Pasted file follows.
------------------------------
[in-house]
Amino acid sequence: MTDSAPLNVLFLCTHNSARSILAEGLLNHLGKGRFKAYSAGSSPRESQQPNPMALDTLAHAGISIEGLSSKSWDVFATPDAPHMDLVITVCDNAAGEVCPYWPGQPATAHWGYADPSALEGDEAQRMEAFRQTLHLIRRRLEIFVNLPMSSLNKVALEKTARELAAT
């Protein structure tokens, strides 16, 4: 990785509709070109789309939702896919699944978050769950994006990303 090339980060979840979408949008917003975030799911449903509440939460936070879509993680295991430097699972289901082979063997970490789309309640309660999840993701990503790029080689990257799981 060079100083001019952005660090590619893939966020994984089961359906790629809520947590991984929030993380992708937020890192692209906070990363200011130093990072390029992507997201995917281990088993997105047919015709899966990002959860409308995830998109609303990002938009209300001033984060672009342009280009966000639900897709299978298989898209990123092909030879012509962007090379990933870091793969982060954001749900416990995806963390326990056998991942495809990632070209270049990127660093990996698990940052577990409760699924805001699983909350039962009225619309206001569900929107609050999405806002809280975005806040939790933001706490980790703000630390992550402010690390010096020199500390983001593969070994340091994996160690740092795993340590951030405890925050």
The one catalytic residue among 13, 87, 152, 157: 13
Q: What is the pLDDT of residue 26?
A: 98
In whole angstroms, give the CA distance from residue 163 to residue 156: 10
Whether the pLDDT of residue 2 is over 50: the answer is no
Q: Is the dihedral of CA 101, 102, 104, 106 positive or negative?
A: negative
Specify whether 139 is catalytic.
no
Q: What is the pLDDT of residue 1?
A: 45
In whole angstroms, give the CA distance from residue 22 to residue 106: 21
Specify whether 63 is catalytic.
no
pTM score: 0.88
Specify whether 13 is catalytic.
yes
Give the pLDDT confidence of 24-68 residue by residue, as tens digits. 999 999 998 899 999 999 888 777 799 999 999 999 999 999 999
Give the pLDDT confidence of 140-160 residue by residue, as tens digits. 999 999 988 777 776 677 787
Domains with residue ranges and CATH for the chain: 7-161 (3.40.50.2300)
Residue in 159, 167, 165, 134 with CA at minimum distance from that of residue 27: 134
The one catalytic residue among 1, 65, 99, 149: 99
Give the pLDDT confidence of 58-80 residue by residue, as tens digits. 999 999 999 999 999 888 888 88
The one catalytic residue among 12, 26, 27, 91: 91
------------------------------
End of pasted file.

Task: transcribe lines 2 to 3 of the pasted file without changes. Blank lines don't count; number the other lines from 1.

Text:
Amino acid sequence: MTDSAPLNVLFLCTHNSARSILAEGLLNHLGKGRFKAYSAGSSPRESQQPNPMALDTLAHAGISIEGLSSKSWDVFATPDAPHMDLVITVCDNAAGEVCPYWPGQPATAHWGYADPSALEGDEAQRMEAFRQTLHLIRRRLEIFVNLPMSSLNKVALEKTARELAAT
């Protein structure tokens, strides 16, 4: 990785509709070109789309939702896919699944978050769950994006990303 090339980060979840979408949008917003975030799911449903509440939460936070879509993680295991430097699972289901082979063997970490789309309640309660999840993701990503790029080689990257799981 060079100083001019952005660090590619893939966020994984089961359906790629809520947590991984929030993380992708937020890192692209906070990363200011130093990072390029992507997201995917281990088993997105047919015709899966990002959860409308995830998109609303990002938009209300001033984060672009342009280009966000639900897709299978298989898209990123092909030879012509962007090379990933870091793969982060954001749900416990995806963390326990056998991942495809990632070209270049990127660093990996698990940052577990409760699924805001699983909350039962009225619309206001569900929107609050999405806002809280975005806040939790933001706490980790703000630390992550402010690390010096020199500390983001593969070994340091994996160690740092795993340590951030405890925050």